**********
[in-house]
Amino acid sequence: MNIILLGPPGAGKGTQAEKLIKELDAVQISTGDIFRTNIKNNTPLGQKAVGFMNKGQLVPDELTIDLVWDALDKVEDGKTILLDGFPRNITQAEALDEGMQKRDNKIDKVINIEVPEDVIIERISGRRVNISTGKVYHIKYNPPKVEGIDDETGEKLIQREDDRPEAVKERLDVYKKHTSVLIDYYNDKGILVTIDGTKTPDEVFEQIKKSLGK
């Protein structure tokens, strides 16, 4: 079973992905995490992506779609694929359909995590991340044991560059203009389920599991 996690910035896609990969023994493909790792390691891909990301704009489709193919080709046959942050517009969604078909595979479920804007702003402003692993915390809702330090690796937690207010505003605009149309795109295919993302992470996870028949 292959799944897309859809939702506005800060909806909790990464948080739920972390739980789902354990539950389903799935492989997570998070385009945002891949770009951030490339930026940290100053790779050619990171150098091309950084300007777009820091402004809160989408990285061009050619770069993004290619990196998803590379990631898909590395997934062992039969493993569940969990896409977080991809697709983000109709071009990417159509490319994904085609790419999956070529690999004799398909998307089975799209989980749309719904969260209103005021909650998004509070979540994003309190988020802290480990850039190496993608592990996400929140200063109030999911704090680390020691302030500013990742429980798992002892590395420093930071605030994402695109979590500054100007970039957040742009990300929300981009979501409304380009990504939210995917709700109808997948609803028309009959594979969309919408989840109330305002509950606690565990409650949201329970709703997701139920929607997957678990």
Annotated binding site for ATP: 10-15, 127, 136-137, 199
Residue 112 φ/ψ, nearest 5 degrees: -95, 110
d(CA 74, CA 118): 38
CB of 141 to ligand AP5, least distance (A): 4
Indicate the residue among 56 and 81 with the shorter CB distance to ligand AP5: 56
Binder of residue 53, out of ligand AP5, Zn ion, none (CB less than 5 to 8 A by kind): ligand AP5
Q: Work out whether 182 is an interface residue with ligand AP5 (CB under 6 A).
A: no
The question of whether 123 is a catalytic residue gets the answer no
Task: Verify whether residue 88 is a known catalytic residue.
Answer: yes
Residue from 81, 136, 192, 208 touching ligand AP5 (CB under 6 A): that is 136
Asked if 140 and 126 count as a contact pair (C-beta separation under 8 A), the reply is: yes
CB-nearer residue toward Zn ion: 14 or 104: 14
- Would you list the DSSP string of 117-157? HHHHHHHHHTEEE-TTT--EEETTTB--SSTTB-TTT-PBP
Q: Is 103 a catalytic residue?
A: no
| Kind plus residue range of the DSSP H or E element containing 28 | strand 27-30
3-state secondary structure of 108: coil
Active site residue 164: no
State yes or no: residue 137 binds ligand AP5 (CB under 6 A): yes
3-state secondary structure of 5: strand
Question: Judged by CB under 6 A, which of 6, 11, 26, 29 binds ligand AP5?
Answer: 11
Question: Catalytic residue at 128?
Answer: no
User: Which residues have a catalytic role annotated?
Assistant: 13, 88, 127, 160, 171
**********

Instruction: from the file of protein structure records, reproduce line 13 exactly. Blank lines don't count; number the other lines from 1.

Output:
Task: Verify whether residue 88 is a known catalytic residue.